Institut national de recherche scientifique français Univerité Pierre et Marie Curie Université Paris Diderot - Paris 7

The most massive stars

lundi 30 mai 2022, par Alex de Koter (Anton Pannekoek Institute for Astronomy, Netherlands)

Jeudi 2 juin 2022 à 16h00 , Lieu : Salle de rĂ©union du bâtiment 16 et visioconfĂ©rence

Massive stars may have been the first sources of light after the Big Bang. They are potential contributors to the re-ionization of the Universe and have likely played a crucial role in galaxy formation. The most massive stars today easily outshine the sun by a factor of a million or more, hence provide strong radiative feedback on their host environment. Through powerful stellar winds and supernova ejecta they enrich their surroundings with newly processed chemical elements, which constitute the building block of terrestrial planets and life. The recent detection of gravitational waves revealed surprisingly high black hole masses, pointing to very massive progenitor stars in binary systems.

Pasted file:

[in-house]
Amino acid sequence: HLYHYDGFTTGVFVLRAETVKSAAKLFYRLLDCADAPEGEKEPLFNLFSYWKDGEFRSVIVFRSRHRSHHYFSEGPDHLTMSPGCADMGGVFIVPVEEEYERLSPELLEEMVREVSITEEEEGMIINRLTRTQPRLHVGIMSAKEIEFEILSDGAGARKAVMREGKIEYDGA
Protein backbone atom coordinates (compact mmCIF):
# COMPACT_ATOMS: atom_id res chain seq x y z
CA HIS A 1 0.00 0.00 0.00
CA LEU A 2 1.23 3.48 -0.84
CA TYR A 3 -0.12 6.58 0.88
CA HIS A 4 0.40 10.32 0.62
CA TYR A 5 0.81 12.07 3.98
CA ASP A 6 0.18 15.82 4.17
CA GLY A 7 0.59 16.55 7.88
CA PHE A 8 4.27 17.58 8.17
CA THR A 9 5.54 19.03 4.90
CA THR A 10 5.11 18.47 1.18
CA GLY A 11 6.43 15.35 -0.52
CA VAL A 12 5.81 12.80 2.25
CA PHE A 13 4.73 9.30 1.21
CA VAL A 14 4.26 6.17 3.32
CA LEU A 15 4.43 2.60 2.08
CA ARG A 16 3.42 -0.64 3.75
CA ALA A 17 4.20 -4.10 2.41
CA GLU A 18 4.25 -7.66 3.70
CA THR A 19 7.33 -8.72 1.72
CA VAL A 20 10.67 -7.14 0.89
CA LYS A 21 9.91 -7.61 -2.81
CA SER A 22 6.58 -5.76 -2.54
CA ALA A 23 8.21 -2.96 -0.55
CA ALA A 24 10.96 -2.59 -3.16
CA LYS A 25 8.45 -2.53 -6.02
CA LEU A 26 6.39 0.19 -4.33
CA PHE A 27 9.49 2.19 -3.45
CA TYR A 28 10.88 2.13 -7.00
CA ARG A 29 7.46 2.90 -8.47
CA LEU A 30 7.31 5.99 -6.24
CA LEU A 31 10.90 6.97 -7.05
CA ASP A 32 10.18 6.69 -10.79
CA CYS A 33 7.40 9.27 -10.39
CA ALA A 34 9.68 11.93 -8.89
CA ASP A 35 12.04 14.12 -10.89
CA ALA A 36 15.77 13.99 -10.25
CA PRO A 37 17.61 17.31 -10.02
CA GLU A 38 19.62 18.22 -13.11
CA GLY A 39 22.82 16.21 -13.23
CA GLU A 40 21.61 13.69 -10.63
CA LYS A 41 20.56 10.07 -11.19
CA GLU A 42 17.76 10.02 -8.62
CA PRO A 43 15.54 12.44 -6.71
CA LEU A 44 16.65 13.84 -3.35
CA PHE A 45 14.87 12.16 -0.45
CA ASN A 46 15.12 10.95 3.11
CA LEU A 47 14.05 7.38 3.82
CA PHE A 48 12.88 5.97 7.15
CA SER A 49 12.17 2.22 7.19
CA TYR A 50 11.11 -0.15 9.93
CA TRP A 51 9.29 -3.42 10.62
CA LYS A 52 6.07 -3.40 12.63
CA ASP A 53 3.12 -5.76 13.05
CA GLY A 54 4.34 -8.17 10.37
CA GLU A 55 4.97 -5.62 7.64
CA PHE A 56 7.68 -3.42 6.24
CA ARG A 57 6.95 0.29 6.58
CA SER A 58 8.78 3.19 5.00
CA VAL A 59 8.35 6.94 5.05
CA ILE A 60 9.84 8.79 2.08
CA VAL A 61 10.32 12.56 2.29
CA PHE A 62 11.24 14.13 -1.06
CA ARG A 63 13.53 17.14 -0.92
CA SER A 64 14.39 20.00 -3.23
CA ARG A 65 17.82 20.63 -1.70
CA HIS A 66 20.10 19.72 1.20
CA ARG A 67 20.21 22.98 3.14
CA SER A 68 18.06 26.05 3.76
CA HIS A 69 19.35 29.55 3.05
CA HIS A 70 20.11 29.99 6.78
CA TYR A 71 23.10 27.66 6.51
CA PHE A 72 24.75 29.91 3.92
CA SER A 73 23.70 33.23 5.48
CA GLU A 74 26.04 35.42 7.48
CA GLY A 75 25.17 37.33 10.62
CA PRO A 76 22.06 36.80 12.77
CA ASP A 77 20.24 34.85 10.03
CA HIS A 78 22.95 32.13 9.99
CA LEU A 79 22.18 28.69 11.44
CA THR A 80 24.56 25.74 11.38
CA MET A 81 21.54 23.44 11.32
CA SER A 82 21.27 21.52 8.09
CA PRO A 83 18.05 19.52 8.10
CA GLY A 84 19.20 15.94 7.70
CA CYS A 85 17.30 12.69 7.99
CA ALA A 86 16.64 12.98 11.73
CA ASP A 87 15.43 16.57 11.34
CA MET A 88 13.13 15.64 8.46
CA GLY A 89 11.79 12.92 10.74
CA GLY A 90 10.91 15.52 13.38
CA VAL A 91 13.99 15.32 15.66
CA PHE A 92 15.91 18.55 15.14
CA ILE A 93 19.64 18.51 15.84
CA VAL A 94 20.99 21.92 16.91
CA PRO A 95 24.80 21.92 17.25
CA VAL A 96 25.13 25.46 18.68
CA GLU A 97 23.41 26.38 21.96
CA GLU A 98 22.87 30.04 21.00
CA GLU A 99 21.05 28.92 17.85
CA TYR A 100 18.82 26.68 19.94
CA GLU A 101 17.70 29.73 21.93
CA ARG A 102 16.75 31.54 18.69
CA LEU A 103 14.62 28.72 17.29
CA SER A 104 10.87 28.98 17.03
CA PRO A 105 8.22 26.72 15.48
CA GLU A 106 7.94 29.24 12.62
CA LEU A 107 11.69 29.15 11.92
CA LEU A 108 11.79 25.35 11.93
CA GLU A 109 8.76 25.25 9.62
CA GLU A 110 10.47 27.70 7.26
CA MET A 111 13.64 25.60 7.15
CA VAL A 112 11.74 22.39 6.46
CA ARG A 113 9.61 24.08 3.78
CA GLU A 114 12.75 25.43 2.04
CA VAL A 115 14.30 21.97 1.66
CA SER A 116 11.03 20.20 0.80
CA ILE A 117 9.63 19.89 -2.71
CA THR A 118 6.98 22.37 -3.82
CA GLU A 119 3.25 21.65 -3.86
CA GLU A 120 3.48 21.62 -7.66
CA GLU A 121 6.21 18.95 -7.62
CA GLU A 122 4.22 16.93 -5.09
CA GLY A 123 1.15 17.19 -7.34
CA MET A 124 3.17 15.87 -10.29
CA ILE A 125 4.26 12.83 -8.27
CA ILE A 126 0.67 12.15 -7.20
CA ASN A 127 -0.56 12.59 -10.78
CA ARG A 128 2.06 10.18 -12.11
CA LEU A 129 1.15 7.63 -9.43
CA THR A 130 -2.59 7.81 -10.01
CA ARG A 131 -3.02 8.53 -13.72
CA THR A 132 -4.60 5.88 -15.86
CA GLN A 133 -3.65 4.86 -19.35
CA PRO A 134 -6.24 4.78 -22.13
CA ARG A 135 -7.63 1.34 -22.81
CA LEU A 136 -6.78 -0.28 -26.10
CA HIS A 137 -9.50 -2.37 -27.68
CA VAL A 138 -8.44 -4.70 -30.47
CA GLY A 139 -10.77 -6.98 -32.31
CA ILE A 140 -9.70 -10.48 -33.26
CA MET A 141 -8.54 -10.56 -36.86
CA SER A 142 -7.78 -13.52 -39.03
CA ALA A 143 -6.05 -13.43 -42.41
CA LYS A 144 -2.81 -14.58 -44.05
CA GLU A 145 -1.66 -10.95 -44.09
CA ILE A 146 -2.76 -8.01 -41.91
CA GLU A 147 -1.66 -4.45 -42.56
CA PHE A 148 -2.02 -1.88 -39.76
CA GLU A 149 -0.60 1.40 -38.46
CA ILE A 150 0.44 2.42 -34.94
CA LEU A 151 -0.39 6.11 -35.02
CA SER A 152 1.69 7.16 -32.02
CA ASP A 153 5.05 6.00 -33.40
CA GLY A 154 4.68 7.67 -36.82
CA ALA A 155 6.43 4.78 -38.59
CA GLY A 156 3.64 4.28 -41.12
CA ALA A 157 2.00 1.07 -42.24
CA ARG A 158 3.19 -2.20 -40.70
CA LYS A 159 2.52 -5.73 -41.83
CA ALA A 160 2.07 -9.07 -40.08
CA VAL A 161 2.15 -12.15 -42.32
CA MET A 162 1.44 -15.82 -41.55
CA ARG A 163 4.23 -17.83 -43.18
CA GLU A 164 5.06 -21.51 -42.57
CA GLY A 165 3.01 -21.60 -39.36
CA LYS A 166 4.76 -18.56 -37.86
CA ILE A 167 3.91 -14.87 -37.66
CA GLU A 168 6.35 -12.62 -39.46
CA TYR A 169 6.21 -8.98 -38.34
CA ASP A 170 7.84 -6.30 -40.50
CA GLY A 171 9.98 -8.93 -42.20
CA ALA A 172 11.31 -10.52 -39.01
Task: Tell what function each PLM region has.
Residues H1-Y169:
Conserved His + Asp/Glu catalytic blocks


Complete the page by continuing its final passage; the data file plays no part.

In this talk I will first sketch the role of massive stars in the grand scheme of things. Then, I will focus on aspects of the outcome of the formation of the most massive stars, including new insights into the formation of massive close binaries and the maximum formation mass, a.k.a., the upper mass limit.